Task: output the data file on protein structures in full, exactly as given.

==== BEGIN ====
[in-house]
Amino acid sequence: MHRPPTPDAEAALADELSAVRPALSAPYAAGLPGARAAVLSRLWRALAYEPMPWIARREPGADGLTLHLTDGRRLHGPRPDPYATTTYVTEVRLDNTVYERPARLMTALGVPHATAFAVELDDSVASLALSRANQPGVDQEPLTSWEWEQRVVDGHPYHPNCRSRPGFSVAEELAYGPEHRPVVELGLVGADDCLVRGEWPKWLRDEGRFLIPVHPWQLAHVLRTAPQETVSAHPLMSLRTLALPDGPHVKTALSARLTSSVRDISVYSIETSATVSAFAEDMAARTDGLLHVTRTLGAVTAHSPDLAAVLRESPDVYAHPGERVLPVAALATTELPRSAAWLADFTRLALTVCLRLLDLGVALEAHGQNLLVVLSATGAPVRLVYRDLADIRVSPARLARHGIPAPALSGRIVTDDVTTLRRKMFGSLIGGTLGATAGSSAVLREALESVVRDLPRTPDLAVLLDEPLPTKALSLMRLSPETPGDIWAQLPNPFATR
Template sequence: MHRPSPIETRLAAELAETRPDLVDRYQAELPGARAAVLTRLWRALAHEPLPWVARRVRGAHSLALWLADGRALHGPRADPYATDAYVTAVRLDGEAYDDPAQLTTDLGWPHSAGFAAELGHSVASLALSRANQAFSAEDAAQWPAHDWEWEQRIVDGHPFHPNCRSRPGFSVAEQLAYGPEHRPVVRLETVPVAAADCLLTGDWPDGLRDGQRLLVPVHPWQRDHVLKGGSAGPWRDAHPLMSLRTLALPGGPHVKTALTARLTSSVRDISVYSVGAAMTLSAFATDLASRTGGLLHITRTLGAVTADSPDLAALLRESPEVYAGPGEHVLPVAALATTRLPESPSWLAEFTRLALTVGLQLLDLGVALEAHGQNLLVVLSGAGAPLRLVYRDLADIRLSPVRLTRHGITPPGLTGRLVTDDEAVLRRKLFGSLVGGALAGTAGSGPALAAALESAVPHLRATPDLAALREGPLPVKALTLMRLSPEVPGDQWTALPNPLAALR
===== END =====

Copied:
[in-house]
Amino acid sequence: MHRPPTPDAEAALADELSAVRPALSAPYAAGLPGARAAVLSRLWRALAYEPMPWIARREPGADGLTLHLTDGRRLHGPRPDPYATTTYVTEVRLDNTVYERPARLMTALGVPHATAFAVELDDSVASLALSRANQPGVDQEPLTSWEWEQRVVDGHPYHPNCRSRPGFSVAEELAYGPEHRPVVELGLVGADDCLVRGEWPKWLRDEGRFLIPVHPWQLAHVLRTAPQETVSAHPLMSLRTLALPDGPHVKTALSARLTSSVRDISVYSIETSATVSAFAEDMAARTDGLLHVTRTLGAVTAHSPDLAAVLRESPDVYAHPGERVLPVAALATTELPRSAAWLADFTRLALTVCLRLLDLGVALEAHGQNLLVVLSATGAPVRLVYRDLADIRVSPARLARHGIPAPALSGRIVTDDVTTLRRKMFGSLIGGTLGATAGSSAVLREALESVVRDLPRTPDLAVLLDEPLPTKALSLMRLSPETPGDIWAQLPNPFATR
Template sequence: MHRPSPIETRLAAELAETRPDLVDRYQAELPGARAAVLTRLWRALAHEPLPWVARRVRGAHSLALWLADGRALHGPRADPYATDAYVTAVRLDGEAYDDPAQLTTDLGWPHSAGFAAELGHSVASLALSRANQAFSAEDAAQWPAHDWEWEQRIVDGHPFHPNCRSRPGFSVAEQLAYGPEHRPVVRLETVPVAAADCLLTGDWPDGLRDGQRLLVPVHPWQRDHVLKGGSAGPWRDAHPLMSLRTLALPGGPHVKTALTARLTSSVRDISVYSVGAAMTLSAFATDLASRTGGLLHITRTLGAVTADSPDLAALLRESPEVYAGPGEHVLPVAALATTRLPESPSWLAEFTRLALTVGLQLLDLGVALEAHGQNLLVVLSGAGAPLRLVYRDLADIRLSPVRLTRHGITPPGLTGRLVTDDEAVLRRKLFGSLVGGALAGTAGSGPALAAALESAVPHLRATPDLAALREGPLPVKALTLMRLSPEVPGDQWTALPNPLAALR